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Bipolar Disorder, Genetic Testing

Bipolar disorder, formerly known as manic-depressive disease, is a psychiatric condition characterized by extreme mood swings between mania (increased mood, energy) and depression (low mood, loss of interest). These episodes can affect daily functioning and interpersonal relationships. Treatment usually includes mood stabilizers, psychotherapy, and sometimes antipsychotic medications. The assessment of the Polygenic Risk Score for bipolar disorder is based on examining 63 gene polymorphisms.

Genetic testing for bipolar disorder is included along with 15 other diseases in the Genetic Screening for Diseases of the Nervous System, Polygenic Risk Score.

Causes and non-genetic risk factors

The cause is of biological and genetic origin. The limbic system regulates emotions and maintains a stable mood according to the circumstances. In people affected with bipolar disorder, the limbic system does not function properly, so their mood changes abruptly for no apparent reason.

In addition, several risk factors can help to trigger the disease:

  • Family history. Bipolar disorder has a strong genetic basis, increasing the risk significantly if there are direct relatives affected.
  • Consumption of drugs such as cannabis or cocaine.
  • Certain drugs, such as corticoids, can trigger episodes in susceptible people.
  • Childbirth and postpartum. In some women, they can act as triggers. In addition, women who are susceptible to or diagnosed with bipolar disorder are more prone to postpartum depression.
  • Medication withdrawal. This is the leading risk factor and cause of relapse in people diagnosed with bipolar disorder.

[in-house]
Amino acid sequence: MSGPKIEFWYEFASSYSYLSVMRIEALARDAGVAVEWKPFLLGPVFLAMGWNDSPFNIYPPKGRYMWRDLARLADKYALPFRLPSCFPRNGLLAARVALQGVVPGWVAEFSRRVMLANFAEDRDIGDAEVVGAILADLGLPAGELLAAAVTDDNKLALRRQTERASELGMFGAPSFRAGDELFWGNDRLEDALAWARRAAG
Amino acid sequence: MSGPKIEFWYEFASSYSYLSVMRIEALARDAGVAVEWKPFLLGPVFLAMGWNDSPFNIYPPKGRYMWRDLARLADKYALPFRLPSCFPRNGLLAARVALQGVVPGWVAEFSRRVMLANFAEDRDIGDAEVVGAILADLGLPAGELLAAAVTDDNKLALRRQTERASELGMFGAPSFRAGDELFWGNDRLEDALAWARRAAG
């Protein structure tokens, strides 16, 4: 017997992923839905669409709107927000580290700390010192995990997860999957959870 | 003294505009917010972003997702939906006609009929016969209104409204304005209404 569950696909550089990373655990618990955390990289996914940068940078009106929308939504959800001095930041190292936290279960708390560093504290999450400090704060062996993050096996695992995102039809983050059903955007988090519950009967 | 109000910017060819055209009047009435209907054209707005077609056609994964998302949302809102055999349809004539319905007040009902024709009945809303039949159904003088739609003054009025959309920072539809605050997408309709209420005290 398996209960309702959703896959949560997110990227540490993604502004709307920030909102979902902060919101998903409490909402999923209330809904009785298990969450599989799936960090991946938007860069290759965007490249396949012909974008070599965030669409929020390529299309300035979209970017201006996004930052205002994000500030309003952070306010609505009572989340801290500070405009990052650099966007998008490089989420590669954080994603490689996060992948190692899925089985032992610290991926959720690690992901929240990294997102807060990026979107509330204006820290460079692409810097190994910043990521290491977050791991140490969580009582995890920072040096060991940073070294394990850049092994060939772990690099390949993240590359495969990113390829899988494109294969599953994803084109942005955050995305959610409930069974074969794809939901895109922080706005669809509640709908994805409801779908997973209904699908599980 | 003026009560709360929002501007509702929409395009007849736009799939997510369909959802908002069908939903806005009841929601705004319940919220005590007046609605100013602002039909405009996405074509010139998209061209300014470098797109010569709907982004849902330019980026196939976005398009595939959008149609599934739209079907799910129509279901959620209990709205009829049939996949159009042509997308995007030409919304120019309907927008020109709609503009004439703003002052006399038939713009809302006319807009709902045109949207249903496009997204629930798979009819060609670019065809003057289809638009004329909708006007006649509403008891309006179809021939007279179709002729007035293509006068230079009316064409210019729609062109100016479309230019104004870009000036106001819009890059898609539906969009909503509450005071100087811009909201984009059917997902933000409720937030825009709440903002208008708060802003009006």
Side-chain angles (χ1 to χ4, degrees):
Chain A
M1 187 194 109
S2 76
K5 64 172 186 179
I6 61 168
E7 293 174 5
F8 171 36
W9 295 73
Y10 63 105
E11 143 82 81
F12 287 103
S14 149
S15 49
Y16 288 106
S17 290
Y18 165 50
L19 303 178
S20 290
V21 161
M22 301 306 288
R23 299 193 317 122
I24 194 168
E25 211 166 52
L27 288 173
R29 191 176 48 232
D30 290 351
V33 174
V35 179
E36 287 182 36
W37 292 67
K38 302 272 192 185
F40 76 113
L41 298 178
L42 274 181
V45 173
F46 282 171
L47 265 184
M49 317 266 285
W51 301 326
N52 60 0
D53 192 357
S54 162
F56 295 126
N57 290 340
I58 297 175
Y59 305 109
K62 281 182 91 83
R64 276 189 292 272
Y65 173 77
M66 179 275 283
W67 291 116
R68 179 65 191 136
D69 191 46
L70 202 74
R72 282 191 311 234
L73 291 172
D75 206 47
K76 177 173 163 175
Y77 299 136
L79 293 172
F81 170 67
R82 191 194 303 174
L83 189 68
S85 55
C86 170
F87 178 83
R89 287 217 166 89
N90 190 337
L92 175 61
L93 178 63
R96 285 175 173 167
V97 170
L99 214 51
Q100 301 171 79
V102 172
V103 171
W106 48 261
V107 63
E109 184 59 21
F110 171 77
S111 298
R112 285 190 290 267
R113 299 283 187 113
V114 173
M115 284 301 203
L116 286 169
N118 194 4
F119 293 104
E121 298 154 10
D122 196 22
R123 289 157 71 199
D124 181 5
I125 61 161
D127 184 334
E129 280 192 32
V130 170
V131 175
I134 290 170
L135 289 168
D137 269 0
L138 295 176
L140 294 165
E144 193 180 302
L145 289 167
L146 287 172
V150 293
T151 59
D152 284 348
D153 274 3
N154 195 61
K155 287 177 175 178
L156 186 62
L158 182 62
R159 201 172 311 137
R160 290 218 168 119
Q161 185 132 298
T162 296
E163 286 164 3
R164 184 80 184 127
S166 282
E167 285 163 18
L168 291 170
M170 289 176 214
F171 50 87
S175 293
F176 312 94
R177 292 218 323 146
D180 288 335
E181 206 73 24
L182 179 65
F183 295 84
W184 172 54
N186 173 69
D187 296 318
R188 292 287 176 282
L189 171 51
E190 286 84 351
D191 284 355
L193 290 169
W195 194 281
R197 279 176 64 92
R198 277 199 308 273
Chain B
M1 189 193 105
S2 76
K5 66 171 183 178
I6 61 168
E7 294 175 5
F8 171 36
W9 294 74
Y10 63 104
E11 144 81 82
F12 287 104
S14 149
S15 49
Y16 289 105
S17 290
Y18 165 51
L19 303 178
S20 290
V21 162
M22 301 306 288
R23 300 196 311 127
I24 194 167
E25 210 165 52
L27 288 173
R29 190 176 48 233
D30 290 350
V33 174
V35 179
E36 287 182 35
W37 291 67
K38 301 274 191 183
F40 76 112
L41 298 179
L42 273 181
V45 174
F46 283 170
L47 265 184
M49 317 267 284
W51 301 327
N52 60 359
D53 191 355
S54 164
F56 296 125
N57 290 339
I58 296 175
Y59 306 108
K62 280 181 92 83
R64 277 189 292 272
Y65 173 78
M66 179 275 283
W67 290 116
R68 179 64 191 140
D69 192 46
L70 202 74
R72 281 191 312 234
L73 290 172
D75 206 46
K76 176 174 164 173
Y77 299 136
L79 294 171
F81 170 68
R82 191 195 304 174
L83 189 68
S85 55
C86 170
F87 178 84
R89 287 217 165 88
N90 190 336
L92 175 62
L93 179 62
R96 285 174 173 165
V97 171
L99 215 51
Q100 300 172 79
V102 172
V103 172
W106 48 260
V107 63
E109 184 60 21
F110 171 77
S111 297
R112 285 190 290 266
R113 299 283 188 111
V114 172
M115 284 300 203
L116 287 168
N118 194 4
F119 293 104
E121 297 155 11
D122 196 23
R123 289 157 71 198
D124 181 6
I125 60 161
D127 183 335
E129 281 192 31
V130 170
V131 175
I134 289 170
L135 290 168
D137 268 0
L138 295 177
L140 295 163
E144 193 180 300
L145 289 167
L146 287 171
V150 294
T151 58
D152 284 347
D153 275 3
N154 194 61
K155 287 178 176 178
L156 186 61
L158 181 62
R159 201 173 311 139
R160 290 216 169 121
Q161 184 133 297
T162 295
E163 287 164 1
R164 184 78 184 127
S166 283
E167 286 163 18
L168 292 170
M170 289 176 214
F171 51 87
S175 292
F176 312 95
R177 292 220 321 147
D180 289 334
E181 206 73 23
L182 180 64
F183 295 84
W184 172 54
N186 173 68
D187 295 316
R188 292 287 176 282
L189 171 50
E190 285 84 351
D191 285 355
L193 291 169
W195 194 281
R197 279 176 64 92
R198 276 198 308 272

Bipolar disorder is characterized by alternating manic episodes with depressive episodes of variable duration. Different aspects characterize each phase, although the manifestations can vary from one person to another.

The manic phase is characterized by:

  • Abnormal episodes of optimism, nervousness, or tension.
  • Agitation, increased activity, or energy.
  • Exaggerated sense of well-being.
  • Decreased need for sleep.
  • Reckless behaviors and lack of self-control.
  • Distraction.

The depressive phase, in turn, may include the following symptoms:

  • Sadness or low mood.
  • Difficulty concentrating.
  • Eating problems, poor appetite, and weight loss.
  • Fatigue and tiredness.
  • Feelings of worthlessness or guilt.
  • Loss of pleasure in activities once enjoyed.
  • Loss of self-esteem.
  • Thoughts of death or suicide.
  • Difficulty falling asleep or sleeping too much.
  • Withdrawal from friends or activities once enjoyed.

Both phases can cause difficulties in daily activities such as work, school, social activities, or relationships.


There is no practical way to prevent bipolar disorder. However, early treatment can help prevent the disorder from worsening and improve the quality of life.

If you have been diagnosed with bipolar disorder or have a first-degree relative who is affected, it is essential to keep the following in mind:

  • Pay attention to the warning signs. Treating symptoms early can help minimize their effects.
  • Avoid drugs and alcohol.
  • Have a good sleep hygiene.
  • Take medication correctly. Abandoning treatment or reducing the dose may help trigger new episodes.
Additional information
Results Time4 - 5 Weeks
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